Bipolar Disorder Treatment

As with heart disease and other medical conditions, bipolar disorder treatment focuses on taking the right medications and making lifestyle changes to reduce the risk of episodes.

As with heart disease and other medical conditions, bipolar disorder treatment focuses on taking the right medications and making lifestyle changes to reduce the risk of episodes.

In most cases, symptoms can be managed with the right combination of medication, psychotherapy and social/emotional support.

If left untreated, bipolar disorder tends to worsen, and the person experiences episodes of full-fledged mania and clinical depression.

Once bipolar medication is started, some individuals may live many years free of symptoms. Others continue to have mild but troubling depression or mood swings.

Bipolar Medications

Most people with bipolar disorder — even those with the most severe forms — can be helped by bipolar medication.

Because antidepressants alone can actually encourage episodes of mania or set off more frequent cycles, they are not the medication of choice in most cases of bipolar disorder.

A mood stabilizer combined with an antipsychotic or anticonvulsant is typically prescribed as part of the bipolar disorder treatment plan.


While antidepressants are typically not prescribed alone for the treatment of manic depression, they are often prescribed in conjunction with another bipolar medication, typically a mood stabilizer, to help manage depressive episodes.

Common antidepressants include certain types of selective serotonin reuptake inhibitors (Zoloft®, Paxil®, Prozac®) and monocyclic aminoketones (Wellbutrin®).

Because they both have a low incidence of causing manic episodes, first choice antidepressants are Zoloft (especially in teens) and Wellbutrin.

While Paxil is in the same class of drugs as Zoloft and Prozac, it also has anti-anxiety effects.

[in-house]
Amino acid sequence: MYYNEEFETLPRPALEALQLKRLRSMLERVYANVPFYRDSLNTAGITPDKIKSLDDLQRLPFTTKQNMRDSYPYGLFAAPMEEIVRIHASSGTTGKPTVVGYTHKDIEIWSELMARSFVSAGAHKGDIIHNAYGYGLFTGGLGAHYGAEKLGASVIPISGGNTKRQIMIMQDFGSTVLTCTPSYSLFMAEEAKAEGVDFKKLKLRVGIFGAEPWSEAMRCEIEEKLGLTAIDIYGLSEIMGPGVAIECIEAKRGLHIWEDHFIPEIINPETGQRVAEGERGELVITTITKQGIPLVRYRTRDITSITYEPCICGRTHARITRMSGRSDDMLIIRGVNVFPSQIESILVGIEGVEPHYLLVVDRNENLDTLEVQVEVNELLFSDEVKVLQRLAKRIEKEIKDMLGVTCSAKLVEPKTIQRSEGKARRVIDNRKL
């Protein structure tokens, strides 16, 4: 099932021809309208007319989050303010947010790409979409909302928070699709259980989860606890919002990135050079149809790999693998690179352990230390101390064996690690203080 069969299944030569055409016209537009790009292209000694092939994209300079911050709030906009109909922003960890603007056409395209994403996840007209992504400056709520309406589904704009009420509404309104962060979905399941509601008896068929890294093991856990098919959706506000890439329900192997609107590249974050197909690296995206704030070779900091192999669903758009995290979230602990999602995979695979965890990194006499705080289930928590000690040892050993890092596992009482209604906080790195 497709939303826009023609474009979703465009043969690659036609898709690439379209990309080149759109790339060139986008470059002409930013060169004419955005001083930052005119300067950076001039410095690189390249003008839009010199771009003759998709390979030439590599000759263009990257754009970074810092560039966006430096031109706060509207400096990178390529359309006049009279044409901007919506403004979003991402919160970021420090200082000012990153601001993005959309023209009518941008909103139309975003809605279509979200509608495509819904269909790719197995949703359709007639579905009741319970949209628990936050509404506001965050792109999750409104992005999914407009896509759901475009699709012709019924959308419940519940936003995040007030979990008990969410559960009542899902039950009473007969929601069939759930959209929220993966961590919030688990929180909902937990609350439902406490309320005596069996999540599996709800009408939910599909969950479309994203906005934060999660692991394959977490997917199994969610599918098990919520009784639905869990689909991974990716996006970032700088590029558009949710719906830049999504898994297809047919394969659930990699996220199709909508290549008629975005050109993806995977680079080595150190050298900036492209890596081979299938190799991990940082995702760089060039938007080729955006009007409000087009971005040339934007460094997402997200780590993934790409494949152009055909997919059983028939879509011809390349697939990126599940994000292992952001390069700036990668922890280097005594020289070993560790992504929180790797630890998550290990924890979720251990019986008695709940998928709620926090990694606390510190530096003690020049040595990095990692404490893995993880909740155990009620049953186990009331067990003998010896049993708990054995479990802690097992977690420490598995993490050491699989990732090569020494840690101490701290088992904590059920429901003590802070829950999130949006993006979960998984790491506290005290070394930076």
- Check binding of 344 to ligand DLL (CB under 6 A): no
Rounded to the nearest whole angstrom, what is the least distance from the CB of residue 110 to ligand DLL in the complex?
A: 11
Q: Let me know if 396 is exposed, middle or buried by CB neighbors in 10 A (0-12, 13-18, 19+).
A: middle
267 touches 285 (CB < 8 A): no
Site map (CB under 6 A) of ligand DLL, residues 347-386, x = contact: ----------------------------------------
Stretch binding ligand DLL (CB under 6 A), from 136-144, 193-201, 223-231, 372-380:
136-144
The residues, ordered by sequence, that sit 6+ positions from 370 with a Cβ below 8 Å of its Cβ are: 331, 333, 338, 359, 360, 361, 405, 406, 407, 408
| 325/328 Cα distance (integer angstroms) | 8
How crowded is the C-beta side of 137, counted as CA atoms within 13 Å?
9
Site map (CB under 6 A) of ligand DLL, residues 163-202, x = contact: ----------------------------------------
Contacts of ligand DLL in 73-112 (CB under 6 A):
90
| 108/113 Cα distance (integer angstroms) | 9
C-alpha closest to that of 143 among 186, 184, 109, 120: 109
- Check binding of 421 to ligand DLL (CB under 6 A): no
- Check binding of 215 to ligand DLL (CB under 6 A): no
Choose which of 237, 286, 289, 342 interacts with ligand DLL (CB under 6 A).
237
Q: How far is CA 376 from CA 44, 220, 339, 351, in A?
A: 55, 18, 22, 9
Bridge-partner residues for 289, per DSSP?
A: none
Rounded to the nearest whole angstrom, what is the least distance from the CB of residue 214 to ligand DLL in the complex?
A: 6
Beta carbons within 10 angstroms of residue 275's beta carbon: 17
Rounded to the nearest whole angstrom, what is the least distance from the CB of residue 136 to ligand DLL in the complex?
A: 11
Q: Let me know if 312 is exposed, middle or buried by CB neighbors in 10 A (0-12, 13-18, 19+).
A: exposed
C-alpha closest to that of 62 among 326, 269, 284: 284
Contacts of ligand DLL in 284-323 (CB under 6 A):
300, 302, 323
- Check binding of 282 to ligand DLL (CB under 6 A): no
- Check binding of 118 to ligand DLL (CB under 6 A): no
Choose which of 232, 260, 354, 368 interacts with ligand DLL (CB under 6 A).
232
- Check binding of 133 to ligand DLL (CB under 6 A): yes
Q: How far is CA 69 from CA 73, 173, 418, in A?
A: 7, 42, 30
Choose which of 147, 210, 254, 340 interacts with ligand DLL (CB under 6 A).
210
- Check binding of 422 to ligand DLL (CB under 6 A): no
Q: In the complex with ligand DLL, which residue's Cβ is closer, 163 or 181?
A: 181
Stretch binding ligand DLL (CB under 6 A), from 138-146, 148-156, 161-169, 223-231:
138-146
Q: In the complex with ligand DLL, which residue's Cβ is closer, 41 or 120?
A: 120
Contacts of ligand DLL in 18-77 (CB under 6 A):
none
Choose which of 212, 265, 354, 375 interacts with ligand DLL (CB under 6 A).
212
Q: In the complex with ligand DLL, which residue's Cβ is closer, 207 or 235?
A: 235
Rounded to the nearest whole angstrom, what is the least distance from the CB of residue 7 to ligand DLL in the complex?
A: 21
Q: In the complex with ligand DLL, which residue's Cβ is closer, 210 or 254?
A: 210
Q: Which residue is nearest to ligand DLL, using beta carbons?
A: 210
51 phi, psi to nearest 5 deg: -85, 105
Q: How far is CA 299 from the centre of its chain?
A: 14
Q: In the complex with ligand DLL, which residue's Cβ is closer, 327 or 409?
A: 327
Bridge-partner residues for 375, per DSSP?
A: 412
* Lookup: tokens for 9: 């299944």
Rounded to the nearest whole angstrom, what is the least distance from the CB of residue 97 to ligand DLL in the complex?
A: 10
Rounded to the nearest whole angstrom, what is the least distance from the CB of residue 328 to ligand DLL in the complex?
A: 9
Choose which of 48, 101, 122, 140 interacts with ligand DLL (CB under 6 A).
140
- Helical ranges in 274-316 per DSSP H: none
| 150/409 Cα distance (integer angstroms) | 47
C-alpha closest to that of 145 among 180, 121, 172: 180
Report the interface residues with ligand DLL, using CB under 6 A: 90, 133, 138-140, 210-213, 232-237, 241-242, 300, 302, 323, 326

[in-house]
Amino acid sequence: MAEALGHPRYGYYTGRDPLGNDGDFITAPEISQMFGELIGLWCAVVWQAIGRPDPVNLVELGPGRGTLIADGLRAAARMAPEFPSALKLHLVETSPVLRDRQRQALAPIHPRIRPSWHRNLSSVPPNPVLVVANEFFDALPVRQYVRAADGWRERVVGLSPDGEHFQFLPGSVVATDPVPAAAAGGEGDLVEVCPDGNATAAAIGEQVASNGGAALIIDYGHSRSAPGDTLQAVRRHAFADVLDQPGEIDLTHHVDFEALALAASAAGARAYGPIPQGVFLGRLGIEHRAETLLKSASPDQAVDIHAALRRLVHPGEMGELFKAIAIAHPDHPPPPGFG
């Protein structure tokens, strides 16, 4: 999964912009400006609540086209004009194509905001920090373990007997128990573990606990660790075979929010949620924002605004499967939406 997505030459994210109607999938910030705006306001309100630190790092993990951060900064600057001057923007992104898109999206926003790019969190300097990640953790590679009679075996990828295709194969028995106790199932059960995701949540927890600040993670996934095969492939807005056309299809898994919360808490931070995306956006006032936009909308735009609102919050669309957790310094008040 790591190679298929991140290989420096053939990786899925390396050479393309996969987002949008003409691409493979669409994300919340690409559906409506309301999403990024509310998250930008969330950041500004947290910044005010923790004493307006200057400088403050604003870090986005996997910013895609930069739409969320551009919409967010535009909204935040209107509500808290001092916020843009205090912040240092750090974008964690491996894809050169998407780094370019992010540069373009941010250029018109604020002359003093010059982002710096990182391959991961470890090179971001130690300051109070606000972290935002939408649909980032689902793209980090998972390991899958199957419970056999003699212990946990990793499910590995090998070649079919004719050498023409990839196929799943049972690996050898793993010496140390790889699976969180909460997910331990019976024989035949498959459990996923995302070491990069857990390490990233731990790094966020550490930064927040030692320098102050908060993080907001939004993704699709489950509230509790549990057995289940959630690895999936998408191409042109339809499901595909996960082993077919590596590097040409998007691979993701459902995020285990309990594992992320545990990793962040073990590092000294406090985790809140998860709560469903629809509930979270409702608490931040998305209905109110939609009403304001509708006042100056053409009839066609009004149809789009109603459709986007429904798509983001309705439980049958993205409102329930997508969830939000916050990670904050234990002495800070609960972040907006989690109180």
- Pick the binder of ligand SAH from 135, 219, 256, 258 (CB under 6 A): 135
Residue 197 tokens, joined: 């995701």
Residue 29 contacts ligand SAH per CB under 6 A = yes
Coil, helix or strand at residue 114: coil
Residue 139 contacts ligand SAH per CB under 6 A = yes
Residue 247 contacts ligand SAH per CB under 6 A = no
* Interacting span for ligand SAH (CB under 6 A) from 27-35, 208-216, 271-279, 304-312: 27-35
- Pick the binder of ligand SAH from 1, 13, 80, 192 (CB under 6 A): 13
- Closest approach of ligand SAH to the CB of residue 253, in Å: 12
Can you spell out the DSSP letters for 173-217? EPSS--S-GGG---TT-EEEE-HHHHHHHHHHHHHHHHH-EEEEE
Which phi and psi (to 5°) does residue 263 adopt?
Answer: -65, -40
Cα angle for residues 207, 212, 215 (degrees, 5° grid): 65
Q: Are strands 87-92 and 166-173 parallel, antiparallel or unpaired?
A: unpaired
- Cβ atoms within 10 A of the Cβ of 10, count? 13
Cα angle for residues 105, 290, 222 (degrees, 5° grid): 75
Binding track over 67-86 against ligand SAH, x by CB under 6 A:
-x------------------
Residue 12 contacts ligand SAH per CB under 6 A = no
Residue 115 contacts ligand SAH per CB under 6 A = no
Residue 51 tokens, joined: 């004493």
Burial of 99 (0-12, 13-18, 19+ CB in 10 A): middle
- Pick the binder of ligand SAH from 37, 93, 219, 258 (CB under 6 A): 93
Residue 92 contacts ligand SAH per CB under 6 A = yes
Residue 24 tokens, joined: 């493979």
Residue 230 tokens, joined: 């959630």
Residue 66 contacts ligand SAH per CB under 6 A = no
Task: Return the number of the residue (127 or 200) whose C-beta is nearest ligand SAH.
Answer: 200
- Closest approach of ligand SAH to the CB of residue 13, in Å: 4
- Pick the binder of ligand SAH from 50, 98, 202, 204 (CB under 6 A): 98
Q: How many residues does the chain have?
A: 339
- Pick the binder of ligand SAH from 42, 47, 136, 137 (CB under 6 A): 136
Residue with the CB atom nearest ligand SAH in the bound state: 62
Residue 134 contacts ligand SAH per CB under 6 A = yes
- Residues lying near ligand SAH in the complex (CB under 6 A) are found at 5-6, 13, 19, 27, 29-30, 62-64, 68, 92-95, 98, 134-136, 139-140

Mood Stabilizers

One mood stabilizing bipolar medication, lithium, is usually very effective in controlling mania and preventing the occurrence of both manic and depressive episodes.

Exactly how lithium works is unknown. Lithium should not be used in cases of severe cardiovascular disease, renal disease, or brain damage, or when evidence of severe debilitation, dehydration or sodium depletion exists.


The anticonvulsants dicalproex (more commonly known as Depakote®) and valproate are becoming more frequently used in bipolar treatment, and have shown to be especially useful in hard to treat cases.

For maximum effect, these medications are often combined with lithium. The FDA has approved both valproate and Depakote for treatment of acute mania.


Zyprexa® is a commonly prescribed antipsychotic medication for the short-term control of bipolar disorder. Zyprexa reduces the symptoms of mania by correcting elements of chemical imbalance that causes manic episodes.

The Compliance Problem

You might wonder why someone who takes lithium to control manic depression might suddenly stop taking his or her medication. After all, if you found a drug that got rid of your migraine headaches and had no serious side effects, why would you ever want the headaches back?

The truth is that the manic highs and even the depressive lows contribute some degree of “passion” to one’s personality—or so it seems. While bipolar artists do their best painting and writers produce their best poetry during high or low episodes, they find that medication may leave them feeling quite flat and relatively lacking in emotion. When they get to a point where they fear the loss of their talent, and even their very livelihood, they may decide to stop taking medication in favor of regaining the extremes of emotion that they prefer

Electroconvulsive Therapy

Electroconvulsive therapy (ECT), also known as electroshock therapy, was first used to treat schizophrenia in the 1940s. Doctors soon found that ECT was also helpful in relieving the symptoms of mood disorders, including bipolar disorder.

Electroconvulsive therapy is usually given every other day during the first few weeks. Treatments are then reduced to weekly, then every other week, and finally monthly.

While the typical three to twelve ECT treatments may take place over a few months, patients often experience a relief in symptoms within the first couple of weeks.

Interestingly, ECT is most effective in severe cases of manic depression.

Alternative Treatments

Some people have reported good results from regular acupuncture treatments (twice a week for six months, to start with) as well as herbal and nutritional supplements.

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